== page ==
Saoirse Lou was a shy little girl.
The surrounding world seemed too big, too clamorous, and too intimidating. Instead, she focused on the world of minuscule creatures and plants. She could get absorbed by intricate patterns of lush moss, growing on a tree, or a tiny bug climbing on a blade of grass.
Her childhood love for the natural world and fairy tales lead her to a successful artist and children's book illustrator's career.
A colourful world of minuscule creatures
“I tried to imagine what the world would look like if I were tiny,” said Saoirse Lou, 35, who introduce herself as Poole-based artist, dragon tickler, and unicorn enthusiast.
The artist and children's book illustrator collaborated with publishers such as Hardie Grant, Simon and Shuster, and Luma Works. Saoirse runs the Etsy shop SaoirseLouScribbles, where she sells her illustrations, greeting cards, enamel pins, and quirky pet and family portraits. Her Instagram page has over 51 thousand followers.
She is captivated not only by tiny details, intricate patterns, and colours of the natural world. She seeks inspiration from global legends, folktales, and myths.
“When I was a teenager, I was still into fairies and magic. I did not fit in among my peers, so I preserved this imaginary world for myself,” Saoirse said.
She has always remained in the magical world of fairies, dragons, and mythical creatures. It transformed from a child’s magical world into a creative space that fuels her work and provides an escape from the daily routine throughout the years.
The artist creates whimsical, quirky, and colourful characters going about their daily lives.
Saoirse might paint a green-haired pixie indulging on a muffin or a fairy relaxing on the edge of a cup of tea. Her notebook has drawings of witches zooming on their brooms or pink-haired mermaids swinging on a wave. She draws unicorns roaming in a lush forest or fierce dragons afraid of being tickled.
On naughty pixies, motherhood and books
Saoirse’s recent and highly successful Instagram project was on motherhood. “I was contemplating mother-child relations. My eight-year-old son Joshua is growing up, and our relationship is transforming. I am losing those intimate and tender baby, toddler, and small boy moments with him. I wanted to reflect on this transformation in my painting series on motherhood,” she said.
Among many projects she works on, Saoirse enjoys illustrating books. Her recent collaboration was with the bestselling author of children’s books Onaolapo Dagunduro. The author and artist recently published a book based on true events My Big Welcome.
It is a story about little Emilia who has lost her home to a wildfire and had to move to a big city. The story uncovers the fear children feel during uncertain times, gives hope that can come with new experiences and shows the power of kindness.
With an award-winning Australian author, Alisa Wild, she published four of The Naughtiest Pixie series books. A very naughty and lovable pixie Jenifry Star makes human friends and goes to a human school. The writer noted, "Everyone knows grown-up humans are terrifying: they hunt pixies, stomp on their houses, and even pickle pixies in jars!"
“This was an amazing project. The books have a lot of environmental undertones, pixies, and magic. It was a perfect match!” Saoirse said.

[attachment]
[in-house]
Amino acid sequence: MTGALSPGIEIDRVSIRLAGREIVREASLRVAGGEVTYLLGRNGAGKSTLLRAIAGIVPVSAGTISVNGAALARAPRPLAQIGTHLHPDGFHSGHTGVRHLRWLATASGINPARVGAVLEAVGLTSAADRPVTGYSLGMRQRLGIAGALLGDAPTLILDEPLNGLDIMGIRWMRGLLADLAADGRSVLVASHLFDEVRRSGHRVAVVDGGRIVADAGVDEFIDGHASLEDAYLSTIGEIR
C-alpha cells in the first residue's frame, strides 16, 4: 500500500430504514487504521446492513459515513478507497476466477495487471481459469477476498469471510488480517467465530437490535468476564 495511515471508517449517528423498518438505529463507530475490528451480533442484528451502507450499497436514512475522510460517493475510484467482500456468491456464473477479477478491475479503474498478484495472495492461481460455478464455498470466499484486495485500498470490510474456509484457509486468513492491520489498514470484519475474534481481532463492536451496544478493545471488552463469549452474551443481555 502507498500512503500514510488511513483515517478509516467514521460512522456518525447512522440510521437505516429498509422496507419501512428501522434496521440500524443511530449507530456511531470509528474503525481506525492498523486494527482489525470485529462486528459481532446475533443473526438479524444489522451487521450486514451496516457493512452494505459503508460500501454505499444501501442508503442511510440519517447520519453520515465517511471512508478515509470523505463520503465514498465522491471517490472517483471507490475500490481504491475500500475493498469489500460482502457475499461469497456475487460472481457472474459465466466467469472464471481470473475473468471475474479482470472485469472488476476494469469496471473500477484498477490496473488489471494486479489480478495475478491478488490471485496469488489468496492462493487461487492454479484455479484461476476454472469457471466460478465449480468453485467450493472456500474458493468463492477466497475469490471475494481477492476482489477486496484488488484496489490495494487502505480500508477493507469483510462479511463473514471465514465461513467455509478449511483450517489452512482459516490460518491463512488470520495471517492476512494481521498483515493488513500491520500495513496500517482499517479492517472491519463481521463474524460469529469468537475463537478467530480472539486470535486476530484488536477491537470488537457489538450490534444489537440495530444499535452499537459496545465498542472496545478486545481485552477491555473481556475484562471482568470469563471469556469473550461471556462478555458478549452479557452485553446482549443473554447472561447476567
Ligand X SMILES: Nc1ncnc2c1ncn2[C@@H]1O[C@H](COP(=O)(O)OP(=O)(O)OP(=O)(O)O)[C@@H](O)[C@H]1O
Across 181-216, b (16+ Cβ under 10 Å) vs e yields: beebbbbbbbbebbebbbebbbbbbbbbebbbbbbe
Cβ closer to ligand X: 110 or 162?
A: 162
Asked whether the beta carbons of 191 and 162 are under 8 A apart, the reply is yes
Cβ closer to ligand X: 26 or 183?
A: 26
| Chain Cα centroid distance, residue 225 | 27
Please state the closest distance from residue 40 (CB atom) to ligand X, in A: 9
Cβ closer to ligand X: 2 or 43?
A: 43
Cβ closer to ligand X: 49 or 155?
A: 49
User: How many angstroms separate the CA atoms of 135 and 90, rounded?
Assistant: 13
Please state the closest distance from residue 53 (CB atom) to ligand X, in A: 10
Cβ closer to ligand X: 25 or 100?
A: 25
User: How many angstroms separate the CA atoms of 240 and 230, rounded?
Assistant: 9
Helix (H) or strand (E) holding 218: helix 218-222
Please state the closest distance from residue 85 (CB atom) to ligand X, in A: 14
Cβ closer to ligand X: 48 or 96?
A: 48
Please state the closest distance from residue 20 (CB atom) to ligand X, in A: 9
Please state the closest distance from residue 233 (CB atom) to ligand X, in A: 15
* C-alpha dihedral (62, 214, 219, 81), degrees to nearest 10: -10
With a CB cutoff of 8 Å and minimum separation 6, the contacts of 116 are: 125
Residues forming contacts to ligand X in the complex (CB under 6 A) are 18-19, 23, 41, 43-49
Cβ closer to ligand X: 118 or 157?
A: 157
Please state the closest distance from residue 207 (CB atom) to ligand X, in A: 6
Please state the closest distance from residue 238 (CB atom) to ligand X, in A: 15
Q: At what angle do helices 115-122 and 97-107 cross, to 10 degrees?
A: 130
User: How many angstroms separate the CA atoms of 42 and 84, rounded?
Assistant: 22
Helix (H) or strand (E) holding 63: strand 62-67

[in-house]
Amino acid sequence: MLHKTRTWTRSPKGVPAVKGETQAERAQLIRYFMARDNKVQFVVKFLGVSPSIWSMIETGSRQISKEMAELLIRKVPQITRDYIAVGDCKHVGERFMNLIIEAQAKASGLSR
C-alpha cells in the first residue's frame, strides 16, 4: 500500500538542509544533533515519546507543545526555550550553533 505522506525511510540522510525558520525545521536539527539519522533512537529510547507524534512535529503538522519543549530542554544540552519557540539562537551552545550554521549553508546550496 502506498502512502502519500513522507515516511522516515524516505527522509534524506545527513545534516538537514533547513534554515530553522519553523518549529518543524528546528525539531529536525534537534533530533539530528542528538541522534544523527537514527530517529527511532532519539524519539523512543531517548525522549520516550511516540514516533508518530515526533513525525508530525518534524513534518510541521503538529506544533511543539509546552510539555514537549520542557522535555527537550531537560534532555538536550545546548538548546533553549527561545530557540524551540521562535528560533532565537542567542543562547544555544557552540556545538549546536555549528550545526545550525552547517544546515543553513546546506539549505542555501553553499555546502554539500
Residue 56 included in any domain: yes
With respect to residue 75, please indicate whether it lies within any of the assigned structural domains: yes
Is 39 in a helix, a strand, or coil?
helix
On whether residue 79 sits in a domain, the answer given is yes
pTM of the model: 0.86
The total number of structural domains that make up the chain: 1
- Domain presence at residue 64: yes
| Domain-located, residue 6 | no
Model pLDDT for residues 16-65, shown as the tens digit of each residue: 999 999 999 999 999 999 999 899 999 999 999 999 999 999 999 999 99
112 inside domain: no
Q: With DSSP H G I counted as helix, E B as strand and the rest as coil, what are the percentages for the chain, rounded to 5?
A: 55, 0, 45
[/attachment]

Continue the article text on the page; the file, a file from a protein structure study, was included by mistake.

These days Saoirse admits that she is “incredibly privileged to do what I love full time.”
However, there were a few years when she stepped away from her artistic career, and she even had to overcome her fear of using colour in her work.
Judgemental environment and fear of colour
Saoirse grew up in a family of artists. Her parents told her that she had started drawing since the day she could hold a pencil.
Her father, also an illustrator, has a picture of a three-year-old Saoirse drawing in his office. “Apparently, I could draw the entire day,” Saoirse said.
She followed her father in his footsteps and studied Illustration and Animation at Kingston University in London. However, after graduation, she did not launch her creative career. "I needed a break, and I chose to be a primary school teacher. I taught for four years," she said.
Her school work and her son Joshua's birth started shaping her future vocation. “I started reading beautifully illustrated children’s books to my son and schoolchildren,” she said.
Saoirse is an avid book collector: her shelves are full of illustrated books of classic fairy tales, mythology, and modern children’s literature.
No matter what she does, Saoirse finds a moment for doodling or sketching. If she gets a free minute while standing in a bank line, she might draw a mermaid or fill a page with doodles while chatting on the phone. At school, she always got into trouble for this “habit,” but her friends kept encouraging her to become a children’s book illustrator.
Although she loves colour, her paintings not always were full of sparkly pinks, purples, or greens.
“I feared using colour while studying art at college, for I did not feel that I am good at it. I created a lot of black and white drawings and drew inspiration from artists who created monochromatic works,” said Saoirse.
Silencing the inner critic gave freedom of expression
When Saoirse started going to college, she felt a lot of pressure to be a conceptual artist, and there was a minimal emphasis on traditional art and its techniques. When she entered university, she had limited skills in using watercolour.
She conquered her fear of using colour a few years ago. The secret? She changed her attitude. “I adopted an ‘I don’t care attitude.’ If I make a mistake, I tell myself, ‘it does not matter,’ and continue working,” she said.
Since she has conquered her fear of not being perfect, she solely focuses on creating a colourful and magical world for children and adults to enjoy.